There are a lot of fears and doubts that come with being loved. Am I good enough as I am? What about me makes that person love me? Are they in love with me or just the idea of me? These are some of the questions that are subtly asked and answered in Robinne Lee’s The Idea of You. This book revolves around the romantic relationship between a thirty-nine-and-a-half-year-old woman and a younger man. They bring to the table different life experiences, different perspectives, different responsibilities. But the question remains, do all these differences amount to anything significant? Do they really matter in the grand scheme of things?
The Idea of You touches on many themes, including ageism, sexism, feminism, maternalism—all effectively presented but not preached. There really is something for everyone. Which is why I had Matt read the book. This book is told completely from a woman’s (Soléne’s) point of view and left me wondering what the younger man (Hayes) was thinking and feeling. Naturally, I wanted to put myself in Soléne’s shoes and Matt in Hayes’s. I wanted him to tell me what Hayes might have been thinking at different points in the book. I wanted to more fully understand both sides of the story.
I’m not suggesting that Robinne leaves us hanging in this respect. She doesn’t. I got a sense of Hayes and his perspective through his and Soléne’s banter, which is my favorite part of the book. Man, are these two clever and witty—and honest. Playful sexual innuendo. Thoughtful, tender moments. Relatable conflicting opinions. Their dialogue is realistic and well written.
Another quality worth mentioning: Robinne’s descriptions. They are so vivid and allowed me to picture everything—from the type of designer sandals Soléne wears to the sticky mannerisms of a showbiz exec. It is so smartly written, so different from other books in this genre, that I had to tell Matt about it, which brings me to my next confession…
I shared several standout parts of this book—including the ending!—with Matt before he started reading it. (*Goes to crawl under a table*)
I did it not knowing we’d have a blog, not knowing he’d be writing for the blog, not knowing he’d be writing about this book for the blog. But, I know what you’re thinking: shame on me. And I’m right there with you. Still, it’s pretty telling that even though he knew bits and pieces of the whole story, he still read it, and he still wanted to write about it.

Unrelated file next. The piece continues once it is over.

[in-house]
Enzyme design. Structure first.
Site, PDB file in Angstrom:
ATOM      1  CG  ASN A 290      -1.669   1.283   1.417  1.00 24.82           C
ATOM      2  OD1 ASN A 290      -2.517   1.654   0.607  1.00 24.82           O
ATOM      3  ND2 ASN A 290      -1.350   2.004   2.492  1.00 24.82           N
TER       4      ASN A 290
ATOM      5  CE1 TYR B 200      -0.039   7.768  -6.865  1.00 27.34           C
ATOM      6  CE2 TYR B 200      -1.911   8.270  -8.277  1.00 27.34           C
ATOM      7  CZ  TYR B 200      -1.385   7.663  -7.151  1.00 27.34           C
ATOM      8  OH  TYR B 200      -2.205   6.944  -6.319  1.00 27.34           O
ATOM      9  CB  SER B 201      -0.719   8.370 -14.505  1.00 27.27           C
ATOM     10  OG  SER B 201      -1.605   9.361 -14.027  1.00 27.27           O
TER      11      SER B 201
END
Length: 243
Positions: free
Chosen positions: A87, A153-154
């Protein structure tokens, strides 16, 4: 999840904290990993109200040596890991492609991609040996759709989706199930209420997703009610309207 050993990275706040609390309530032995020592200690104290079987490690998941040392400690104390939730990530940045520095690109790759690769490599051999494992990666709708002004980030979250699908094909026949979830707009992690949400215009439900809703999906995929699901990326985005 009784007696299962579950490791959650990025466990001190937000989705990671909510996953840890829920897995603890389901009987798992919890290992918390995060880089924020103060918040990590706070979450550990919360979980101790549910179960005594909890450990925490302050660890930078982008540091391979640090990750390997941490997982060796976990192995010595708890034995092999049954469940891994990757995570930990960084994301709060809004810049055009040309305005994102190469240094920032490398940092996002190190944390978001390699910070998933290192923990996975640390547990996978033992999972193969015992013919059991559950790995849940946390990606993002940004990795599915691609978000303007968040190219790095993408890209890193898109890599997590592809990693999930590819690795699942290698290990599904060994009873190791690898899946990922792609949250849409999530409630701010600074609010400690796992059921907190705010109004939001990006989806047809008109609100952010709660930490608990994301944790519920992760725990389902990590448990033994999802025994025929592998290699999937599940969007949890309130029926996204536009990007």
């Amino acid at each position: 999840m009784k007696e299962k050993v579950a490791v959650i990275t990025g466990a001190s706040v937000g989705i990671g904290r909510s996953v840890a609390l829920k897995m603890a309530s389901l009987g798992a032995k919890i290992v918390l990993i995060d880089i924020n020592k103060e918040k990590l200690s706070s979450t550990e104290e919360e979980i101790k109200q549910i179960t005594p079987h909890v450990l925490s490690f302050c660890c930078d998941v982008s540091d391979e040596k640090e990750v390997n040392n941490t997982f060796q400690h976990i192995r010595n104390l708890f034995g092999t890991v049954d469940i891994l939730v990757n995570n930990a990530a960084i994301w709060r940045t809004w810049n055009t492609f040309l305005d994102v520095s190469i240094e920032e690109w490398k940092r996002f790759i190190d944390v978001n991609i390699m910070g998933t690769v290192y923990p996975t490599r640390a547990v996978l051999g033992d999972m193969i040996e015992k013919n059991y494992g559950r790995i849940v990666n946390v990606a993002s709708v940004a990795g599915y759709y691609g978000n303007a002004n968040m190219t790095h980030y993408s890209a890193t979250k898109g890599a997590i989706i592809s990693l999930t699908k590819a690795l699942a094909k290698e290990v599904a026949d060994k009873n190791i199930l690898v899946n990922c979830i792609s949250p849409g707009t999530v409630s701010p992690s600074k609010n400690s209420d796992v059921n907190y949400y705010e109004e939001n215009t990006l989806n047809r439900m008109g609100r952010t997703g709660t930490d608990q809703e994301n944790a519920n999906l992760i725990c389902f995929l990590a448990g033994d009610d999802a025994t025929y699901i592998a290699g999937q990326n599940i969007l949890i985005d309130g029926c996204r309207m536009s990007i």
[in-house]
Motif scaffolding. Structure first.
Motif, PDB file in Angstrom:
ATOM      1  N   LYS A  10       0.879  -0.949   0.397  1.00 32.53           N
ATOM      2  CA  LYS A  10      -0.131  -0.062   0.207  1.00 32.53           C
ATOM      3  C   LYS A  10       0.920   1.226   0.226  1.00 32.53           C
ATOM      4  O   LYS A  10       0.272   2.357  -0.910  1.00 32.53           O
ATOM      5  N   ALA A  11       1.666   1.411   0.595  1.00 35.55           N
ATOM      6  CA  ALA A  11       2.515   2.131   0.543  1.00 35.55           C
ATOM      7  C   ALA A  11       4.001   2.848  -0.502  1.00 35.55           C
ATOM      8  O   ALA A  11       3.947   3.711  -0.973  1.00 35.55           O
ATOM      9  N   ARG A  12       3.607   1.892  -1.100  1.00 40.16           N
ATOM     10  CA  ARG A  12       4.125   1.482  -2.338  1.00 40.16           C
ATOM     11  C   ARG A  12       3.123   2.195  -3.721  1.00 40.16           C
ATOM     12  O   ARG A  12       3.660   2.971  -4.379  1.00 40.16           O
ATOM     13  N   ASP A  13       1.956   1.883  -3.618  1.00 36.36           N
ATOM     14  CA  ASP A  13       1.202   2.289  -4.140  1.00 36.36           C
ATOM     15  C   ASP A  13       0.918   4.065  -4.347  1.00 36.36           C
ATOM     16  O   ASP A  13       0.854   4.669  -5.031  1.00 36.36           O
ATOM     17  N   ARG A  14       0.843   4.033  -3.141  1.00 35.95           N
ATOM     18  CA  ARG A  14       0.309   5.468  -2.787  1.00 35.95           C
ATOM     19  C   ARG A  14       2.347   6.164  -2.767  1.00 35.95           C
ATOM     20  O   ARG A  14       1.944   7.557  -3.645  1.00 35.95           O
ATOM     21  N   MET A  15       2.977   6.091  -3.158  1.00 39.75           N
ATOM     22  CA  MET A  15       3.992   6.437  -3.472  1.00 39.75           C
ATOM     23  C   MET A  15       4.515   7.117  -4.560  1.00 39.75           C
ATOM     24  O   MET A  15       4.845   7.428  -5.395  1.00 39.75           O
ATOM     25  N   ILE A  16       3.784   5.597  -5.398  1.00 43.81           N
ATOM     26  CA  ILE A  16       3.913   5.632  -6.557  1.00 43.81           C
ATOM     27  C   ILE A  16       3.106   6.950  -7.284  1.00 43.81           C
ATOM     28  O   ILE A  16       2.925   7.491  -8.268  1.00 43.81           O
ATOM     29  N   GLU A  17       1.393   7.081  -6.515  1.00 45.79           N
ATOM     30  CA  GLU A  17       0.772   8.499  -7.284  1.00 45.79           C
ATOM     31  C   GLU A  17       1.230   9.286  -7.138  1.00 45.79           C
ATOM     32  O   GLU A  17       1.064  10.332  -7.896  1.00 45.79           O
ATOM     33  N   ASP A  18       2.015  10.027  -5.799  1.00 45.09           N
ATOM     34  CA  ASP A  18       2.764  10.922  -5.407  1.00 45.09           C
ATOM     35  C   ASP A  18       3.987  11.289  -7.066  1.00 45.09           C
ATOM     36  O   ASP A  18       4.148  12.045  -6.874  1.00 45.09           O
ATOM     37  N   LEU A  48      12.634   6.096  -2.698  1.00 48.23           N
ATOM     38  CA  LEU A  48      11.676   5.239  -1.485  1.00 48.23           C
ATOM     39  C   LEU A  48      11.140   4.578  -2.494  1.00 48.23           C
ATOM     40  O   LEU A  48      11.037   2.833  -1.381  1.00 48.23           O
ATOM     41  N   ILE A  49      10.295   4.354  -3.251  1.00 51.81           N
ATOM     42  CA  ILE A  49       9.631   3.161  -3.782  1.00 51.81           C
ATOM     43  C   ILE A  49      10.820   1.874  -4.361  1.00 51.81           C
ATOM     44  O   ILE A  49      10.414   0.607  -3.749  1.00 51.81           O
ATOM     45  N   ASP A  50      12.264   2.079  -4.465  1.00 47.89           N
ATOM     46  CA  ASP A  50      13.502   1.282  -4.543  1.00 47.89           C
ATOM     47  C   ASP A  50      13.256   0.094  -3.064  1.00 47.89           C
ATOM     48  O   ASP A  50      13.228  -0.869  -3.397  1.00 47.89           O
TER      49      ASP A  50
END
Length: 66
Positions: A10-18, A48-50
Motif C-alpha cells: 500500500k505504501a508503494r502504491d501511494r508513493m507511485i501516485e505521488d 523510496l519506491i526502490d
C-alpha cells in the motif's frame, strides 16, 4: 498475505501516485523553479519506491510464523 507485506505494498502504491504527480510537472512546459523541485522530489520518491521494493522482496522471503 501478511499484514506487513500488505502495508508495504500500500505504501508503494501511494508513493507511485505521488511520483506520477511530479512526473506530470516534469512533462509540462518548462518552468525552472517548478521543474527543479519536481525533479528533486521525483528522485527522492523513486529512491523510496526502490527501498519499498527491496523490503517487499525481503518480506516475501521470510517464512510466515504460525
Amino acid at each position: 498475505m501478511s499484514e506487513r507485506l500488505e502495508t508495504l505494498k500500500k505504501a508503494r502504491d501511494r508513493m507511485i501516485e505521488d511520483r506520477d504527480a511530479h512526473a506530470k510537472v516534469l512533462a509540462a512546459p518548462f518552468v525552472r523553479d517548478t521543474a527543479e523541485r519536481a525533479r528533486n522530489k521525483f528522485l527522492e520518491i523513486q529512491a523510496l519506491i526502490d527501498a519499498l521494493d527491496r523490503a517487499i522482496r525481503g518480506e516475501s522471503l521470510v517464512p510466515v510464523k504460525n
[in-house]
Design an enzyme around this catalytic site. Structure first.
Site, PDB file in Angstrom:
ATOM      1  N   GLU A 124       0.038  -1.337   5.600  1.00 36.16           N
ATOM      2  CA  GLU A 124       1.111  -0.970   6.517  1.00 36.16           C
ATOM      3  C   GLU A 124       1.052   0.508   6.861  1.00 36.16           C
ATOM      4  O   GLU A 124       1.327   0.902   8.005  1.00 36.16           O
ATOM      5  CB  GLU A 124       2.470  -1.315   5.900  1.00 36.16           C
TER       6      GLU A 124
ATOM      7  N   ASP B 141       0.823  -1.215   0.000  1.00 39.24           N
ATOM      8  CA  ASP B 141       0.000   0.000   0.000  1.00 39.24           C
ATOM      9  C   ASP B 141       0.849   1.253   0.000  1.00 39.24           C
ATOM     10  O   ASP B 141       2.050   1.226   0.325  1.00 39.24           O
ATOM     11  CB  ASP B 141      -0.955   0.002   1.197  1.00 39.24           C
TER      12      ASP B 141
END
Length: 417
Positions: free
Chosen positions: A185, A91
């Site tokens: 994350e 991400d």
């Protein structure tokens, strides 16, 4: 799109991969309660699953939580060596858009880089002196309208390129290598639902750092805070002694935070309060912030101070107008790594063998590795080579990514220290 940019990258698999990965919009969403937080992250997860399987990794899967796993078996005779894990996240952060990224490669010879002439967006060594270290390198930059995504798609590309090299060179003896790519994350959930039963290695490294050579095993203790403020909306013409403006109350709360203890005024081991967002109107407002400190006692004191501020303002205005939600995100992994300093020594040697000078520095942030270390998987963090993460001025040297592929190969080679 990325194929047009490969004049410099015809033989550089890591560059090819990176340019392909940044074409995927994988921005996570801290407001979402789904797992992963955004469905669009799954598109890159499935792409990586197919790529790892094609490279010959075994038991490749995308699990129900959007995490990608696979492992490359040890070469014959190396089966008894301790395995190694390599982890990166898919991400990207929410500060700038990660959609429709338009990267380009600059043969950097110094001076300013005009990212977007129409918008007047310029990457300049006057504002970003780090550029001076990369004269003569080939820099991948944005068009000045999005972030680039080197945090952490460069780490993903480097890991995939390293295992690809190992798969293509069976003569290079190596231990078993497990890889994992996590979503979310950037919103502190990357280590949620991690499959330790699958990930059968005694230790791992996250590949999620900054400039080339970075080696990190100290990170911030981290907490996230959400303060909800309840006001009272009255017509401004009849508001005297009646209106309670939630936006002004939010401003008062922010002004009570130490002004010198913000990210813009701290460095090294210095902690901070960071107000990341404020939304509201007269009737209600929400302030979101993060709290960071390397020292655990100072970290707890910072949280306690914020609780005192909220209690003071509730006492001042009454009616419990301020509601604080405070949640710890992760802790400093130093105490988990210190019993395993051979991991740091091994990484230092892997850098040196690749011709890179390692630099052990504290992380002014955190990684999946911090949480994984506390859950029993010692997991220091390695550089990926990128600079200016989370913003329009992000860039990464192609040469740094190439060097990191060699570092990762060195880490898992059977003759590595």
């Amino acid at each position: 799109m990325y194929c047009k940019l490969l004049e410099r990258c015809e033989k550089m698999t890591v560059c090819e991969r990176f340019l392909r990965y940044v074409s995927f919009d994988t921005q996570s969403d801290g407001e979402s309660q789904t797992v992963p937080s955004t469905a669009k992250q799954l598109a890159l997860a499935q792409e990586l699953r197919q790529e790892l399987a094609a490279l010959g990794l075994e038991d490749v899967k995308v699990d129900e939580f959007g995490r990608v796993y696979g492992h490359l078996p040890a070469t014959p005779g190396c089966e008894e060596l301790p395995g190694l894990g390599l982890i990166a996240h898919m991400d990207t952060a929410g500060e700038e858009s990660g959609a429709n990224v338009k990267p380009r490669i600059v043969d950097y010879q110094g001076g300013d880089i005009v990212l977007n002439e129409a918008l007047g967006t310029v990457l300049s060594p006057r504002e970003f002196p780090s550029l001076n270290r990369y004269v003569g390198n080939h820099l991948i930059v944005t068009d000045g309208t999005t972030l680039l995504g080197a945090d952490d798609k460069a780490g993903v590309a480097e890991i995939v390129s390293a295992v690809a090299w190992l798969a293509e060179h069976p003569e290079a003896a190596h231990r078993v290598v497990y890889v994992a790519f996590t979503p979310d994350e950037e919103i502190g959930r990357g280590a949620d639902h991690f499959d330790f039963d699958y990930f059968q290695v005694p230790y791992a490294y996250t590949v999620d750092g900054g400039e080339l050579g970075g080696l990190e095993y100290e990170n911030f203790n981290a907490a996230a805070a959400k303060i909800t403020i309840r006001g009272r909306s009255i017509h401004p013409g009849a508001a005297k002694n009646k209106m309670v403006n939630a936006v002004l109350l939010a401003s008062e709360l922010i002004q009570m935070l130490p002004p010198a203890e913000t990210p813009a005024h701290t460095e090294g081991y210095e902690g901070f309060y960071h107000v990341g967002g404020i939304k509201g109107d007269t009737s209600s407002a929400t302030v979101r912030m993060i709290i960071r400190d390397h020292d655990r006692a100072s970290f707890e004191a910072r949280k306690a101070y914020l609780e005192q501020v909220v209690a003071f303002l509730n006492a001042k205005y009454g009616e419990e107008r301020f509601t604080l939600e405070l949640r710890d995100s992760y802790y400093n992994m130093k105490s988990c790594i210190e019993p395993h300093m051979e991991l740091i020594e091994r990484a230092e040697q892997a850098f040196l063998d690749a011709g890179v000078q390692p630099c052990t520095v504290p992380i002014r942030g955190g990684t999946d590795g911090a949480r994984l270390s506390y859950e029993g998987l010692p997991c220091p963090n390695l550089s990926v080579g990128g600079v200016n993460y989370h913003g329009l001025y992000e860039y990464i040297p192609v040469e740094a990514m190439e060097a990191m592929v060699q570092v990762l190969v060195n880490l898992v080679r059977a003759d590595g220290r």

And, no, it’s not because I offered to do the dishes for a week. (At least I don’t think I did.)
He’ll share why he did soon, but I will say this: it might have something to do with the book’s draw. The Idea of You has something that is sometimes lacking in contemporary fiction: magnetism. I was immediately drawn into the story—from the first city to the last. And, like any good story, I was left wanting more. More Soléne. More Hayes. More sparring. More time. Just more.
Age differences in relationships: do they really matter?
I have a similar starting point as Erica, but this book left me asking different questions than her. For example, I am a year and a half older than Erica—should that matter? Probably not. What if it was 5 years, 10 years, or even 20 years? I don’t know. Is love truly blind?
What if you had a kid closer in age to your significant other than to you? Would you be worried they would be subjected to rounds and rounds of Your-Mom jokes? Okay, maybe that last one was just me—going to high school in the early nineties meant my Your-Mom game was on point!
Before going any deeper, I have to share something, I am not used to reading a lot of sexy-time scenes in my normal lineup of books. Don’t get me wrong, I can enjoy it, and I enjoyed it plenty of times throughout this book, but I also blush pretty easily…maybe more than pretty easily. I was raised Catholic, so I can feel guilty for just about anything. So anyone who saw me reading at an appropriate moment definitely saw me blush with guilt. For example, when Soléne says, “God, I just want to sit on this kid’s face and pull his hair” or “As if all my life I’d been walking around with a Hayes-shaped vagina and never knew”…I was grateful to hide behind my Kindle. Those moments were amazing, but…THE GUILT.